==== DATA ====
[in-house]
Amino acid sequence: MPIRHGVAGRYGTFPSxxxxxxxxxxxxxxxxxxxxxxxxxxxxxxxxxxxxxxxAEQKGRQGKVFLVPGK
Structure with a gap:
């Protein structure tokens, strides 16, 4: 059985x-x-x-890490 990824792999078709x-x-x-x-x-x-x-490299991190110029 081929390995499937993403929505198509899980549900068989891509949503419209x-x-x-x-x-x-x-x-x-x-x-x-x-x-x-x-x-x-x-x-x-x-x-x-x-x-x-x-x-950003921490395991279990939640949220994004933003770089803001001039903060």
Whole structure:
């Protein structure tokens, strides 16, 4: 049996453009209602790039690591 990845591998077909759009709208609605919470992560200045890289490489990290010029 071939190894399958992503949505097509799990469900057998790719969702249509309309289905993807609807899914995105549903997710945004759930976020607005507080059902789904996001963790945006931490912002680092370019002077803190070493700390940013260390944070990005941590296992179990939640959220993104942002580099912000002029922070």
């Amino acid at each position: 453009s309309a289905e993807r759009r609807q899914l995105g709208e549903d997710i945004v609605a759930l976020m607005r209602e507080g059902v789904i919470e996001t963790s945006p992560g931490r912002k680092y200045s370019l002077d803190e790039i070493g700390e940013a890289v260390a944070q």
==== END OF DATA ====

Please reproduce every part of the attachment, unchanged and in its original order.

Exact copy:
[in-house]
Amino acid sequence: MPIRHGVAGRYGTFPSxxxxxxxxxxxxxxxxxxxxxxxxxxxxxxxxxxxxxxxAEQKGRQGKVFLVPGK
Structure with a gap:
């Protein structure tokens, strides 16, 4: 059985x-x-x-890490 990824792999078709x-x-x-x-x-x-x-490299991190110029 081929390995499937993403929505198509899980549900068989891509949503419209x-x-x-x-x-x-x-x-x-x-x-x-x-x-x-x-x-x-x-x-x-x-x-x-x-x-x-x-x-950003921490395991279990939640949220994004933003770089803001001039903060």
Whole structure:
């Protein structure tokens, strides 16, 4: 049996453009209602790039690591 990845591998077909759009709208609605919470992560200045890289490489990290010029 071939190894399958992503949505097509799990469900057998790719969702249509309309289905993807609807899914995105549903997710945004759930976020607005507080059902789904996001963790945006931490912002680092370019002077803190070493700390940013260390944070990005941590296992179990939640959220993104942002580099912000002029922070």
């Amino acid at each position: 453009s309309a289905e993807r759009r609807q899914l995105g709208e549903d997710i945004v609605a759930l976020m607005r209602e507080g059902v789904i919470e996001t963790s945006p992560g931490r912002k680092y200045s370019l002077d803190e790039i070493g700390e940013a890289v260390a944070q």